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|North Gardner Mountain
Pat and I climbed Gardner (8890) and North Gardner (8950) a few weeks ago. These are special to me because you can see them from the back lawn of Sun Mountain Lodge, near Winthrop, where Cherry and I got married. |
Weather was iffy, but Pat found the Sun Mountain Lodge web cam and, checking it every 10 minutes or so, (thanks Boeing) decided that things looked much better than the forecast read. Due to the wonders of the internet (thanks Al Gore) sucker holes now can be delivered remotely to your home or place of work, so that you can be deceived into driving hundreds of miles to be hosed.
Armed with Mike's previous report we found the trail head with no trouble, save a small delay when a very stubborn meat-cicle stood her ground smack in the middle of the road, mooing viciously. The trailhead parking lot held a dozen cars, one of which disgorged four fit looking lads just as we pulled in. They marched up the trail while we gathered our stuff.
The Gardners are well-described in Goldman's 75 Scrambles guide. We toted ski poles, crampons and ice-axes, but no ropes, helmets or other hardware. Passed a plump herd of backpackers bedding down for the night a mile or so from the parking lot, accounting for most of the cars. An hour later we glided by the 4 young bulls. They had big burly manly packs. We had teensy weensy girly packs.
A big fire swept through the valley several years ago, decimating what must have been a beautiful forest. Now hundreds of bleached gray ponderosa pine skeletons stand guard over the entrance to Gardners, falling one by one as the wind pries them up by their rotting roots. It's strange and sad, huge tree bones laying all which-way in a tangled maze, like a giant, macabre game of pickup sticks. But that's not the worst: When the wind blows just right the dead forest moans. We heard tree ghosts howling in fear, screams revolved around and around us, begging for help, dying over and over again in terror and agony. Spooked, we didn't say much, and moved through as quickly and quietly as we could.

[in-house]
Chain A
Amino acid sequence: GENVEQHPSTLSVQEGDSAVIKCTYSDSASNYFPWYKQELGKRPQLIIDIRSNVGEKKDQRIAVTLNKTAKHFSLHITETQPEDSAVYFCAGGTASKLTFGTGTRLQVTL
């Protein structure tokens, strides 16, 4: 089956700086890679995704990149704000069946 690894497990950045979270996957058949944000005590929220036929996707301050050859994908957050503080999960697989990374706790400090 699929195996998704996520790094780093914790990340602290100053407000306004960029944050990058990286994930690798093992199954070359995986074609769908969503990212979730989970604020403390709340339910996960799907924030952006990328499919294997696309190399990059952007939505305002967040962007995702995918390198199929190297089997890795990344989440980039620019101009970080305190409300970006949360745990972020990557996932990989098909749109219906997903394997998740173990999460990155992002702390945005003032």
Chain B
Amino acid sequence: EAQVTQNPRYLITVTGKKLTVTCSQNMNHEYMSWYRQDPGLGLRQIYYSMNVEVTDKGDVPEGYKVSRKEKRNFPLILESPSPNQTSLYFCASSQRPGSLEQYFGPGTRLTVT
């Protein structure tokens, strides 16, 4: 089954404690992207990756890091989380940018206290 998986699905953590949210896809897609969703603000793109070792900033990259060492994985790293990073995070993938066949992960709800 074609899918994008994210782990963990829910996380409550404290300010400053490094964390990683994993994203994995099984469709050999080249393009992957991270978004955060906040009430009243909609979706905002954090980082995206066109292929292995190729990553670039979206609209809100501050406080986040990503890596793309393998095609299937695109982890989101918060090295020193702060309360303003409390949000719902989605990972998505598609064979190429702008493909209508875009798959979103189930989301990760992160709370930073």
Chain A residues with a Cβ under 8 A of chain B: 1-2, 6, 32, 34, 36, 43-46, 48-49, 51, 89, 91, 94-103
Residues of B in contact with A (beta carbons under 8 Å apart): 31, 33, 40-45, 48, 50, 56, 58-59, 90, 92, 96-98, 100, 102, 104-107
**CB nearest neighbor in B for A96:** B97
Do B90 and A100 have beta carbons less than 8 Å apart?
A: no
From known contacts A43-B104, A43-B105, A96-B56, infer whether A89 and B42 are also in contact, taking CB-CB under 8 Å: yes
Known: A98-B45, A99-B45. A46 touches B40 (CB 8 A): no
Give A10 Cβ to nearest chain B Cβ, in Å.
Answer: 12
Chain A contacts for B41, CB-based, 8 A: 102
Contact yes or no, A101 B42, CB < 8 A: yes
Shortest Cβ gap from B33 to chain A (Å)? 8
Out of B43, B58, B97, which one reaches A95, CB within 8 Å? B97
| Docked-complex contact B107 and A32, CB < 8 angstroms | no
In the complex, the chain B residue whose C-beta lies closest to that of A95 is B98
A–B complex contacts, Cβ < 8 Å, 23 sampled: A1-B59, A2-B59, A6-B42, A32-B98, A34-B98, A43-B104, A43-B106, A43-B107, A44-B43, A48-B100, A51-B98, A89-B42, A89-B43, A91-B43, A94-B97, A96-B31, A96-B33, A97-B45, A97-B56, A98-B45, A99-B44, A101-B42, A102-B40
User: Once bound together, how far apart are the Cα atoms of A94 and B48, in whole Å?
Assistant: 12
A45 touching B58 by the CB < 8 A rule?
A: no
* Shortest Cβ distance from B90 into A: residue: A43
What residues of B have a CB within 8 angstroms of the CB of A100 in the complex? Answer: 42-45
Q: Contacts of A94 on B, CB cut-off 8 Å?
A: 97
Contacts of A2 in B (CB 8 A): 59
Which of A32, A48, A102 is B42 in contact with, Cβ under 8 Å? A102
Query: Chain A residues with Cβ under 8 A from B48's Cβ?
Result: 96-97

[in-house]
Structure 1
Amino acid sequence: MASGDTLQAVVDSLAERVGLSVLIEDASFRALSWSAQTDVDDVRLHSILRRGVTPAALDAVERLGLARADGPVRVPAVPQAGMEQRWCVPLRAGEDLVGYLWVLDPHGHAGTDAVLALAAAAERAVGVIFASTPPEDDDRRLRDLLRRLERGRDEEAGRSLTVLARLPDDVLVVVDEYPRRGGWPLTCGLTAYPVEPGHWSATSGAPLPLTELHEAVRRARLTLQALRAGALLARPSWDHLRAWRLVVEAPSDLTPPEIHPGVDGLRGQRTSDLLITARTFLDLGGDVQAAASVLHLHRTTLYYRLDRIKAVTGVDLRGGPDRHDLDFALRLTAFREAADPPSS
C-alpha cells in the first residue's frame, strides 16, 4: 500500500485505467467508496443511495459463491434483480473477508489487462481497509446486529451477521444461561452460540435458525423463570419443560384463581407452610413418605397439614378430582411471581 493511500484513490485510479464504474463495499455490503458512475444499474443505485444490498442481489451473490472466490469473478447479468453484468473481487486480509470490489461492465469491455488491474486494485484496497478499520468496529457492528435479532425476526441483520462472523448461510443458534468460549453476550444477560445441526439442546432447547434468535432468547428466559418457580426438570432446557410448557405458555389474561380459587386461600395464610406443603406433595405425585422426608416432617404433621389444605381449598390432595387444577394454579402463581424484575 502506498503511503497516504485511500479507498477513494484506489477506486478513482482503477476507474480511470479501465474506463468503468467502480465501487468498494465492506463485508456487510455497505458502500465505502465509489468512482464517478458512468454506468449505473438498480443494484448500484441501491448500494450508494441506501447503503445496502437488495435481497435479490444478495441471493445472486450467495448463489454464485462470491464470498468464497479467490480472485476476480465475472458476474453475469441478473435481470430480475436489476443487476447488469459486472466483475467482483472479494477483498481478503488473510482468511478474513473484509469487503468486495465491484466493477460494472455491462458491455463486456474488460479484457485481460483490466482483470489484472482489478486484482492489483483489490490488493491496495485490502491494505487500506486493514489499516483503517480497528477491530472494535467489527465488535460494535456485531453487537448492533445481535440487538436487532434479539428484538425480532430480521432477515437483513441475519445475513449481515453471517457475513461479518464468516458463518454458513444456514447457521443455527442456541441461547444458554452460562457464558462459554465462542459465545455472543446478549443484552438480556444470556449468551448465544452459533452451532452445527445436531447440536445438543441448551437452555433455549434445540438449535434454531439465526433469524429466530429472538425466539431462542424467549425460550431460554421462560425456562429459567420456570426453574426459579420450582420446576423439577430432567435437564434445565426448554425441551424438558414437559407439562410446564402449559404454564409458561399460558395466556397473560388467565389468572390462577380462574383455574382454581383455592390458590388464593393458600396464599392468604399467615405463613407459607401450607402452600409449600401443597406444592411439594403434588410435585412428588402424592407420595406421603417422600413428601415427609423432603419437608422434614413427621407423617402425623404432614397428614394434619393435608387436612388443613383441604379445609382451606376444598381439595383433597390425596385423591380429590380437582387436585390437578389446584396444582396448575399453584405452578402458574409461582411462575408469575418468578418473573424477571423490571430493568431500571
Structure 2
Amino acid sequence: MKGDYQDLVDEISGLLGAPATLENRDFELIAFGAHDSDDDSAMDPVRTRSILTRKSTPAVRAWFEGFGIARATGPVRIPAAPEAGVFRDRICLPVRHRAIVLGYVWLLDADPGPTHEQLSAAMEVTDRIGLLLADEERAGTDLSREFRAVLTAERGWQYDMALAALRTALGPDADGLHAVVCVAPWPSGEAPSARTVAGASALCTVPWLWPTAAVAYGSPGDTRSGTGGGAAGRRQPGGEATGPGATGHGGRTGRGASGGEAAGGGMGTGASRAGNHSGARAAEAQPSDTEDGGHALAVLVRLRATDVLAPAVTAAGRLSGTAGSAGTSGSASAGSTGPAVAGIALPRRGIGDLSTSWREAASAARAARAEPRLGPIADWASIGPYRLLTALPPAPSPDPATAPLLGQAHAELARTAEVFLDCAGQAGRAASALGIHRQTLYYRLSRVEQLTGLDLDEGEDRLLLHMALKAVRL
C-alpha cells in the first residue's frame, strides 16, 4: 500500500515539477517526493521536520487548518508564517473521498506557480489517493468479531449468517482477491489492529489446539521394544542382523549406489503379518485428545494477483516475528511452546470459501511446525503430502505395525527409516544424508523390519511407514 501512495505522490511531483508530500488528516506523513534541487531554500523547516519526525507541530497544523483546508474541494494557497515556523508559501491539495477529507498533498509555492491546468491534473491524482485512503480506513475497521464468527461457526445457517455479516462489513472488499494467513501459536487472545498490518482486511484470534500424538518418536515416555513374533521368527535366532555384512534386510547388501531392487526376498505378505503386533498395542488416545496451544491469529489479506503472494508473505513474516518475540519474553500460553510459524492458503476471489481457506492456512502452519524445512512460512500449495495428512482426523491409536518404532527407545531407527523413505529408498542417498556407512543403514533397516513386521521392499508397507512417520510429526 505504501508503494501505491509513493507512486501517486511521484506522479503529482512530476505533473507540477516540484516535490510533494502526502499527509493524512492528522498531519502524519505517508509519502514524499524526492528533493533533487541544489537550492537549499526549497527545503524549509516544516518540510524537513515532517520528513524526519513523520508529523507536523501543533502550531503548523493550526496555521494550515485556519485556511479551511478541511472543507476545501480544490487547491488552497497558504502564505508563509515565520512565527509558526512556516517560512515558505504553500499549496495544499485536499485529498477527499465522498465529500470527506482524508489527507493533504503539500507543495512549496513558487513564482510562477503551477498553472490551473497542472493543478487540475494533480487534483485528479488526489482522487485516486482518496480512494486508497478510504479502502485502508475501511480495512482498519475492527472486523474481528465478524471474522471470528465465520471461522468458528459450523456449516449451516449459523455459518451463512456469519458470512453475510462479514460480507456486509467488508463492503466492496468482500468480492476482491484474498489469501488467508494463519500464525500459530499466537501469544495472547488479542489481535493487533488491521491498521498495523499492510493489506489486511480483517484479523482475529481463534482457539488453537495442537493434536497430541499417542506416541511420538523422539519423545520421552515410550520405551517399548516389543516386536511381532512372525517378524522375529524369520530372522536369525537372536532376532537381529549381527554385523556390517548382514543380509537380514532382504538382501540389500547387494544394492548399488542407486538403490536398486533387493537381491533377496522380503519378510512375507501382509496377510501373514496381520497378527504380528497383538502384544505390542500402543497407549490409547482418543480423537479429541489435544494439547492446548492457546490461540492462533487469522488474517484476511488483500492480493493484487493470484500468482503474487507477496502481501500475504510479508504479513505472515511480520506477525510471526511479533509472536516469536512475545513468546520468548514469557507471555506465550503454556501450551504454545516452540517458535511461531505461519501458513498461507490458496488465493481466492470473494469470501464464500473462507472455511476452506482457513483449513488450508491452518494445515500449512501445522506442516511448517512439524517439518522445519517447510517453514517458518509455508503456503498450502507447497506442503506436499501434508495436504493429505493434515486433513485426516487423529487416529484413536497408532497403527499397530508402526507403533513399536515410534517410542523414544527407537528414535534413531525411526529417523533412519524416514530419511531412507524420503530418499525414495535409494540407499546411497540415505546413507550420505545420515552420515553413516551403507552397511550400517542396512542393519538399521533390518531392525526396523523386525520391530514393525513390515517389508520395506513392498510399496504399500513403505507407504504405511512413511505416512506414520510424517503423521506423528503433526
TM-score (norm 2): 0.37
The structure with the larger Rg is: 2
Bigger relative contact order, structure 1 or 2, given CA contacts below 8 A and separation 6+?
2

Its 10 miles in, and no matter how light I pack, 10 miles is still 10 miles. And we're old, especially Pat, so when we reached the valley's head we both wanted to eat and crash. But there was no clean site out of fall span of the dead trees. So i climbed up the moraine a bit, found a flattish spot, and convinced Pat that we could build a nice level site in no time. And we did. Funny thing though, the gravel moved a little too easily under our adzes and boots, almost like it was flowing. Should we worry about this? All we had was a tarp (remember the girly packs?). Screw it. We're done. Pitch the tarp and fire the stove. Hot glop and bed. The wind blew and the rain fell and we slept.
Dawn yawned and stretched drippy over our little valley and smiled on two sodden fools wallowing in a fat, gloppy mud puddle.
"You pitched the tent in a swamp", growled Pat.
"Fuck you old man, you helped. Coffee?"
"Thanks. Let's go before we mold."
So off we went up North Gardner. Nice steep snow out onto the main ridge. The wind howled and the snow blew sideways. We swapped leads on very short spells and kept moving fast as the weather deteriorated. Once we gained the summit ridge we saw the four bucks below following our steps up. The summit ridge looked like the dark side of the moon or the forgoten flank of everest where they found Malloy's body. In nice weather it's probably a walk, but navigating the ridge through the blowing nastiness made us feel burly. We tagged the top, signed the register, and headed back for Gardner, expecting to meet our friends, but they were nowhere to be found. The wind and snow and steep ridge shriveled their desire, and they retreated.
Of course this made us feel even more studly, so we wandered over to Gardner, went ding, flirted with some big cornices on the north face, and descended. Good and tired, and with an extra day, we wallowed back into our puddle for the night. I tried to convince pat to move to a nicer spot, but all he said was "Fuck you, swamp thing," and went to bed.
Next day we slept in a bit before decamping. Cruised on down and low-and-behold, passed the young bucks again! Pat gloated in his good-natured way about how nice the tops of those two mountains looked and we kept going. Back to Winthrop we saw some friends in town and chatted for a while. Then to the brewery for feed and hops. Guess who we saw but the youngins! They sat at a nice table holding menus. We plopped down next to them and said howdy. The waitress came. She was pretty. She smiled at us. She brought us beer. She brought us food. The young bulls sat there, looking at our waitress, looking at our beer, looking at our food, blinking, holding their menus.
Go with old bulls.
- George Snelling